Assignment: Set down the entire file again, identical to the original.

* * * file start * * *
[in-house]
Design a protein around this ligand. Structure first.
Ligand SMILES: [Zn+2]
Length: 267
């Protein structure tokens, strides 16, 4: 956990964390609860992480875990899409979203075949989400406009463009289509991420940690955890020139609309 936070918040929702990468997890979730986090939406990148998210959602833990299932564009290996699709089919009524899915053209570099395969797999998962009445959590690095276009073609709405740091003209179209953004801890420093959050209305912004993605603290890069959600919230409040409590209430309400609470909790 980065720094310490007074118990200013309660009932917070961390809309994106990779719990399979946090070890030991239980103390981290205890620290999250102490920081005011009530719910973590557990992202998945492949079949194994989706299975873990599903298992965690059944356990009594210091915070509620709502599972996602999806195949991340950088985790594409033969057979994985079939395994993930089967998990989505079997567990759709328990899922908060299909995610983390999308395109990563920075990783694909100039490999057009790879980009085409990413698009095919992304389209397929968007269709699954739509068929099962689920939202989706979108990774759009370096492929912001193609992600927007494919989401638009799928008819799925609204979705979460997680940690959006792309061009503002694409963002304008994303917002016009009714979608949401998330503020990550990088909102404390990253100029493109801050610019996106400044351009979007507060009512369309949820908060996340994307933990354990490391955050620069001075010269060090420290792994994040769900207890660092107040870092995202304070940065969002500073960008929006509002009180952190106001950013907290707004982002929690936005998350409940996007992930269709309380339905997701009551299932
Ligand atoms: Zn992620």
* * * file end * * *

[in-house]
Design a protein around this ligand. Structure first.
Ligand SMILES: [Zn+2]
Length: 267
């Protein structure tokens, strides 16, 4: 956990964390609860992480875990899409979203075949989400406009463009289509991420940690955890020139609309 936070918040929702990468997890979730986090939406990148998210959602833990299932564009290996699709089919009524899915053209570099395969797999998962009445959590690095276009073609709405740091003209179209953004801890420093959050209305912004993605603290890069959600919230409040409590209430309400609470909790 980065720094310490007074118990200013309660009932917070961390809309994106990779719990399979946090070890030991239980103390981290205890620290999250102490920081005011009530719910973590557990992202998945492949079949194994989706299975873990599903298992965690059944356990009594210091915070509620709502599972996602999806195949991340950088985790594409033969057979994985079939395994993930089967998990989505079997567990759709328990899922908060299909995610983390999308395109990563920075990783694909100039490999057009790879980009085409990413698009095919992304389209397929968007269709699954739509068929099962689920939202989706979108990774759009370096492929912001193609992600927007494919989401638009799928008819799925609204979705979460997680940690959006792309061009503002694409963002304008994303917002016009009714979608949401998330503020990550990088909102404390990253100029493109801050610019996106400044351009979007507060009512369309949820908060996340994307933990354990490391955050620069001075010269060090420290792994994040769900207890660092107040870092995202304070940065969002500073960008929006509002009180952190106001950013907290707004982002929690936005998350409940996007992930269709309380339905997701009551299932
Ligand atoms: Zn992620």